I am doing a risk analysis for my company. We need to know what other costs we may incur in an administrative hearing before the ttab if we encounter oppositions or cancellations. This does not need to include attorney fees. (Rather, fees such as discovery, cost of getting admissions of fact, interrogatories). We need to know if there are costs other than our attorney and our own fees for deposing witnesses. Is there a chance we would have to reimburse the other side for their discovery efforts and for complying with our requests for documents? Thank you so much. (this does not include an actual case before a federal court, just ttab proceeding with no infringement or wrondoing please). For example, if we request x amount of documents and admissions of fact and they comply, who pays?
A risk assessment without attorney's fees? I'm dubious that's what you're after. I suspect you want to DIY, and you've already posted a question about deadlines and simply and so far at least don't intend to hire a lawyer.
I'd add that trademark infringement actions (in court, that is, which a TTAB action can easily become, only award attorney's fees to the prevailing party in "extraordinary" cases, and as that term would imply, not many cases are "extraordinary."
But the other side's attorney's fees aren't really a worry. It's the time and effort involved in a TTAB proceeding, and the loss of a trademark that's already been invested in.
Not counting your own side's attorney's fees seems besides the point, as does any risk analysis of an issue like this. Not hiring a trademark litigator is a good way to waste the time, money, and effort that's gone into the TM choice in the 1st place, and trying to defend it pro se just throws more of that about the bad initial investment.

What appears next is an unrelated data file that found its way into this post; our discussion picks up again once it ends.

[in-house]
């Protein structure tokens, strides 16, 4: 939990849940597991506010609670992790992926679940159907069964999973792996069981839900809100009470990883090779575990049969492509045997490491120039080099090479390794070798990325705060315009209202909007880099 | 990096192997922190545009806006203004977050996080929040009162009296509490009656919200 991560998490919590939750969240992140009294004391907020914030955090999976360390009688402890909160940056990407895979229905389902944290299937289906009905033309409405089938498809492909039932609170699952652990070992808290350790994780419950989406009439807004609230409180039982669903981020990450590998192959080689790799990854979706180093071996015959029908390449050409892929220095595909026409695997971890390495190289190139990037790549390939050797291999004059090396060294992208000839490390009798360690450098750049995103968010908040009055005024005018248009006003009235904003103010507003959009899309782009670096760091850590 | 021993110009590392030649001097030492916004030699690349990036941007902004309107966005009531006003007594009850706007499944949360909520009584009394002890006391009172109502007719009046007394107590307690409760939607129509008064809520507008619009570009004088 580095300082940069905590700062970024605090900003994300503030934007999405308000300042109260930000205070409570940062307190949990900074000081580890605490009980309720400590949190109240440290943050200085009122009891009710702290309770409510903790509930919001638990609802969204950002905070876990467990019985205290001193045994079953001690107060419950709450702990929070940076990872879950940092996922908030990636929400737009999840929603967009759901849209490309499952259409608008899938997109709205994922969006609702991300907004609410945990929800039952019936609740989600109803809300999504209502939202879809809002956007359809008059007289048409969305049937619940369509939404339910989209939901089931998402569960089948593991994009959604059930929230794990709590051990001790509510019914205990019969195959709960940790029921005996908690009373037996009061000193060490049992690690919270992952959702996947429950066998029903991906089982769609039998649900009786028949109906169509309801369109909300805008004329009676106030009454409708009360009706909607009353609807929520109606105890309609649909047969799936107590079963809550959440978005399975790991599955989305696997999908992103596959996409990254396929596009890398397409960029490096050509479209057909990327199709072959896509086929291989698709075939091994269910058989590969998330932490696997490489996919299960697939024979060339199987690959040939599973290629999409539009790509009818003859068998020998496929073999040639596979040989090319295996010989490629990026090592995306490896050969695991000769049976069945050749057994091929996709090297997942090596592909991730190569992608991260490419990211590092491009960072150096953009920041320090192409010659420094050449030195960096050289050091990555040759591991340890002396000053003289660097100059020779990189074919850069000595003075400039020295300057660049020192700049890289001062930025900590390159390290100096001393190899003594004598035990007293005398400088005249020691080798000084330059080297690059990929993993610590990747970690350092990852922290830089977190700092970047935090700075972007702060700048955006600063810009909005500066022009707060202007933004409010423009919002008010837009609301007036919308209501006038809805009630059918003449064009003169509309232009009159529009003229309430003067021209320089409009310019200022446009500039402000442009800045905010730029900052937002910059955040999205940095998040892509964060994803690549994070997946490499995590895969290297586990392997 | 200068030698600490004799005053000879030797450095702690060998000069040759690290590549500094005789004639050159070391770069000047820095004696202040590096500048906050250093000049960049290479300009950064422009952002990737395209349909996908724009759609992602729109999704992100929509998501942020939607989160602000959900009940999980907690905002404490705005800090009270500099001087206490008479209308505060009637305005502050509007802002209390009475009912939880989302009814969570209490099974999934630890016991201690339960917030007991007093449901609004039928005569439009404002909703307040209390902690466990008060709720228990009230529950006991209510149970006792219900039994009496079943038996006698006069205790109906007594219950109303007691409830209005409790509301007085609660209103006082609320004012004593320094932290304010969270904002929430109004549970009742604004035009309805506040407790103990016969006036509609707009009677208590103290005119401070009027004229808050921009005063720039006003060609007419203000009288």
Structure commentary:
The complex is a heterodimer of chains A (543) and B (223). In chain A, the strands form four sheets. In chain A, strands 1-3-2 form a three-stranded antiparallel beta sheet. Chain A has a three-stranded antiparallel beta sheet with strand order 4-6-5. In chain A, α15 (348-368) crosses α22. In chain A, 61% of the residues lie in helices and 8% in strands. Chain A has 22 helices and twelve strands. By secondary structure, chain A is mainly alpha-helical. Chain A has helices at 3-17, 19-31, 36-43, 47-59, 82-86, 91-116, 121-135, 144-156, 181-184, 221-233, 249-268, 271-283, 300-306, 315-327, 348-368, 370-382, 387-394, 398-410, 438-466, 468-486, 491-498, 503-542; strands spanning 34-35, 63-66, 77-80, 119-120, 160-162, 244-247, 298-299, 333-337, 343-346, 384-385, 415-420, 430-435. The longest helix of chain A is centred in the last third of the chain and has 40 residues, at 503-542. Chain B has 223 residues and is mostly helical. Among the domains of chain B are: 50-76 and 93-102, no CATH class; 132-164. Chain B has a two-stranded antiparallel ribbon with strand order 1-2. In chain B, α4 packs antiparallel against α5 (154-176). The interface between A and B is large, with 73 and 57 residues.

Each side pays their own fees in a TTÁB proceeding, since the TTAB has no power to award damages or collect damages. TTAB sanctions in other ways, such as precluding or even stopping discovery, precluding evidence, summary judgment, dismissal or otherwise tilting the case against an offending party. In addition, a knowledgeable attorney for any side can minimize costs by various motions and requests to the Board. One fairly technical such request is for Accelerated Case Resolution or ACR. Another this for telephonic depositions for videoconference depositions. Production of documents in electronic form is yet another way of minimizing costs. Typically, each side pays for the production of their own documents in response to discovery requests unless it poses a financial hardship on that party, in which case there are various means available to the Board to address the cost issue. The Board tries to be fair to the parties in order to reach a decision based on the merits rather than on the respective financial condition of the parties.
Cancellations and Oppositions are quite expensive and the Board knows it, so they are frequently asked to make various procedural rulings to speed up the proceeding, minimize cost, or eliminate excessive discovery requests. The rules applied by the Board, and their procedural manual go into great detail about how this is accomplished and how such motions and requests are made, considered and decided. But these proceeding are seldom low cost, especially if an important mark is involved and big companies are involved.
Still, if you have a determined adversary, that adversary can drive up the costs. So, I would suggest you initially budget between $50,000 and $250,000 for a typical opposition or cancellation proceeding. If you actually get into such a proceeding, you will need an attorney and the second question would be to revisit the issue and ask what the attorney estimates to be the likely cost of the proceeding, and you should keep asking that question each step of the way. While a good litigator wants to get enough evidence to win and to be certainly evidence is enough to win, a good litigator also understands the budgetary constraints and acts accordingly or risks losing the client. The first question, of course, is whether you can win or not. The relative financial position of the parties is often a major determining factor in who wins the case.
It sounds like you are addressing this issue as a risk analysis of an event that likely will never occur. Cancellations are more likely than oppositions because oppositions have a relatively short window of opportunity to be filed. And Oppositions or Cancellation can lead to litigation before the Courts, and they themselves can be appealed, so factor that in your risk calculation.